The Central Coast could be in for a heavy winter season. You need to consider preparing your horses for wet weather. The hope of wet weather means the possibility of at least a slackening of the drought state that California has been in for the last few years. Across the state, and especially here on the Central Coast, equestrians seem to be bracing themselves, and their “herds”, for what could be a nail biting few months. Many of us remember the toll that one severe Central Coast storm had on Oceano back in March of 2001, where heavy rainfall caused a levee breach and flooded many properties, forcing a number of human and equine evacuations…whether this year will be a repeat of similar conditions remains to be seen, but we should all keep this in mind in the interest of preparation.
So…what should horse owners be doing to prepare for this season’s weather?
Read on to find out.
Preparing the Property
The first consideration for winter rain preparation should always be the land. This means that we must make sure that our horses have the proper accommodations should a heavy storm – or series of storms – hit. One local equestrian from Arroyo Grande, Dana Bulter, is already preparing her property. “We started last month with the regrading of all 15 of our pens, including the outdoor runs off the barn. We’ve brought in some fill dirt and build up the portions of our stalls that are under cover, and have made sure to slope everything for easy run off,” Dana reports. “The property can take the rain as long as all the water has someplace to go.” Pooling water not only creates a muddy and uncomfortable situation for horses, but it can ruin structures.
Having a safe and dry area for your horse to get on semi dry ground is key when it comes to staving off hoof issues, dietary problems, and coat conditions like rain rot and other things that can live in wet ground. Once your horse’s stall or pen is properly filled and graded, stall mats make an excellent addition to keep mud away from feeding areas and from under covers. It’s also important to make sure that feed storage areas are built up and fortified. Make sure that hay is up off of the ground and either well-tarped or in a building where it can’t get wet; grain should also be kept up and dry.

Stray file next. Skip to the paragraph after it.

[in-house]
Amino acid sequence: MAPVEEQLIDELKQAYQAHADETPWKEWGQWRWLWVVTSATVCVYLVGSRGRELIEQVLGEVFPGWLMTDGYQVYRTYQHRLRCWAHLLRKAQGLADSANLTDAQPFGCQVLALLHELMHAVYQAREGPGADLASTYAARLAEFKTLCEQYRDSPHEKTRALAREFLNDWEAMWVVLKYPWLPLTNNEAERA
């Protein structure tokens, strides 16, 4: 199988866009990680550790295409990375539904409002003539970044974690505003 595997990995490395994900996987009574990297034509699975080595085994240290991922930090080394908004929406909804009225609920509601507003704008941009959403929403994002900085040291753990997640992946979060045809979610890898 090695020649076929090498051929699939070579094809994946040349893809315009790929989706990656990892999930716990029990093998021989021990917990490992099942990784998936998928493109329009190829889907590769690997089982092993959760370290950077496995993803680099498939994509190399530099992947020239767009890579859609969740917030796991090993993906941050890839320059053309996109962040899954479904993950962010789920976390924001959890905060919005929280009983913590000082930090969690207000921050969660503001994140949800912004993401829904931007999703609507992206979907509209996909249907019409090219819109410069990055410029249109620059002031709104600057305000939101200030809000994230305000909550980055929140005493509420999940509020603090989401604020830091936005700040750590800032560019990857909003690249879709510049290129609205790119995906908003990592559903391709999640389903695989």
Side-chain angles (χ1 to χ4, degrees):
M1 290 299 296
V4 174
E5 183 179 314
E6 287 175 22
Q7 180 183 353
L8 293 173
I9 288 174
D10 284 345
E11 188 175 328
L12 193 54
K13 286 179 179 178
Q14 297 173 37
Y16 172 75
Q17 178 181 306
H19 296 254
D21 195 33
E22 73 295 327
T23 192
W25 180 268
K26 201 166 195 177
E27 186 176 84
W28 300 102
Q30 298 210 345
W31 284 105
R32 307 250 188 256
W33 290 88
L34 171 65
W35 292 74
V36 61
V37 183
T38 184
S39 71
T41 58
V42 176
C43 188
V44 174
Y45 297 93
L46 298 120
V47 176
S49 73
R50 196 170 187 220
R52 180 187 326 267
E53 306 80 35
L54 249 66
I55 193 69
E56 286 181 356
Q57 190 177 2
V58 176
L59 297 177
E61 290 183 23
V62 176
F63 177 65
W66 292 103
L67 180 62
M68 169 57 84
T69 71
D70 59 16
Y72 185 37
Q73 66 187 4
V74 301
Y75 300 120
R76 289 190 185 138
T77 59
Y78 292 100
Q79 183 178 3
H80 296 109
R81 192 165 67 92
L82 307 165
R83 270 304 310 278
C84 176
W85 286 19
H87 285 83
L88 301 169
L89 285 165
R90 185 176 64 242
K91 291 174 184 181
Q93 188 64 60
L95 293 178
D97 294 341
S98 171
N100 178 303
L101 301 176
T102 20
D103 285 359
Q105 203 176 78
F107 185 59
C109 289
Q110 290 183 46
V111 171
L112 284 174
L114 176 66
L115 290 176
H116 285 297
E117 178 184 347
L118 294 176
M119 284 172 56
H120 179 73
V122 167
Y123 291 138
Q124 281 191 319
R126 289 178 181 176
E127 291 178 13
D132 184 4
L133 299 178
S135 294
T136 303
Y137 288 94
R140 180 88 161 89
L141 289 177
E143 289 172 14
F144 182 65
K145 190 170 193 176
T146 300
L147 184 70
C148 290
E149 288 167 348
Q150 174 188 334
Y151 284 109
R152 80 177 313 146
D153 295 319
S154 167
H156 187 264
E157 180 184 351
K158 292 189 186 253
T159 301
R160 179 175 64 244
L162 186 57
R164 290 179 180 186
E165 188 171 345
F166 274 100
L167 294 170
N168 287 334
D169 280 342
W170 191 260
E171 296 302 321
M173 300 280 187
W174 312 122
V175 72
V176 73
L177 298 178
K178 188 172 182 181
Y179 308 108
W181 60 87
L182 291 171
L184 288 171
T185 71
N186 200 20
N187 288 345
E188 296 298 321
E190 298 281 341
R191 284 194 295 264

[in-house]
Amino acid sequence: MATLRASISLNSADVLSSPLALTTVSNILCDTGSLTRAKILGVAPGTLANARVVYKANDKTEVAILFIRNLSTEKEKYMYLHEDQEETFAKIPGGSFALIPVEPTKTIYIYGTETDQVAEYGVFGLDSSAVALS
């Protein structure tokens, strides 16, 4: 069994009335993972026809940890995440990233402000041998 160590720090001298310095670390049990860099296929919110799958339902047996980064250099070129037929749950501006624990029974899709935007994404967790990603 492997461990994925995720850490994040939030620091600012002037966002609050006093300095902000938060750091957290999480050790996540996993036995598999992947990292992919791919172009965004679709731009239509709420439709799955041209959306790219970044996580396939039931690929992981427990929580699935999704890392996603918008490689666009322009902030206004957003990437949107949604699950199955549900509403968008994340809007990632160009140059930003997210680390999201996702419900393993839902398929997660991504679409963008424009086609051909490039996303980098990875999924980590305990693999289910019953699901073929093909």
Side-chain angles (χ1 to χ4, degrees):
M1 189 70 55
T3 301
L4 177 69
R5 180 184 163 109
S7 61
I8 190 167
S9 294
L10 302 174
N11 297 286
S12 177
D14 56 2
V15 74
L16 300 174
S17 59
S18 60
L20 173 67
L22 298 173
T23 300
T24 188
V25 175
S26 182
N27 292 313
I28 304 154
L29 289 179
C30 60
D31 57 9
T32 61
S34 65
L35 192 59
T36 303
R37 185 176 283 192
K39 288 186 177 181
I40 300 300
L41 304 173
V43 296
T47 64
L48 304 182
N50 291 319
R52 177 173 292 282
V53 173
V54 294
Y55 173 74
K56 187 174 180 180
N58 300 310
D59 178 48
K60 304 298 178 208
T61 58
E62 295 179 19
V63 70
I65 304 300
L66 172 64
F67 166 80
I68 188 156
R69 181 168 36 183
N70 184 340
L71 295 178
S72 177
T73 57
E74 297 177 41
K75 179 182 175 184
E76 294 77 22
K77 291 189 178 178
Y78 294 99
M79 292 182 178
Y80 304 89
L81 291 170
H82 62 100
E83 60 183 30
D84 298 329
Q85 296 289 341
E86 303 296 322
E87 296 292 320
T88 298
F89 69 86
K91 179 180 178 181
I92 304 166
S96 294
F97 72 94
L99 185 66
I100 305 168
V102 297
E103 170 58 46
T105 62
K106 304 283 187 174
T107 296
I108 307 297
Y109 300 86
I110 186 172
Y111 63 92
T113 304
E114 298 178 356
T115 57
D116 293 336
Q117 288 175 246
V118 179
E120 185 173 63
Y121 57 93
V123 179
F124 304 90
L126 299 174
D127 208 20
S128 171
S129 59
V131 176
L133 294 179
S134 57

Several area boarding facilities and ranches are also considering the possibility of heavy wind in conjunction with rain, and are therefore making an effort to cut back any trees with branches that overhang stalls and structures. One large branch falling from an 80 to 100 foot tree can cause fatal damage to a barn, a stall or to a horse than happens to be in the wrong place at the wrong time.
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Preparing the Horses for Wet Weather
Heavy rain also means wet horses, or at least the possibility of wet horses. Many of us, myself included, have made do with aging winter blankets for the past several years, but now is the time to either get those much needed repairs done or simply to purchase something new. Melanie Baker of Nipomo agrees, “It’s definitely the year to purchase new blankets for my two boys. They have nice covered pens at the place where I board, but back when we had our last big storm, the wind was blowing the rain in every direction, so having a good blanket is key. It’s going to be expensive to buy new, but it’s worth it this year.” If your horse is outside (meaning not 100% inside a barn stall), a good, high necked, waterproof blanket can be both a comfort and a precaution. If your current blanket is still in good condition, it may be worth “re-waterproofing” the material, as after several seasons and washing, certain material can lose its waterproof qualities. Long term rains and wet coats can lead to everything from rain rot to other skin conditions.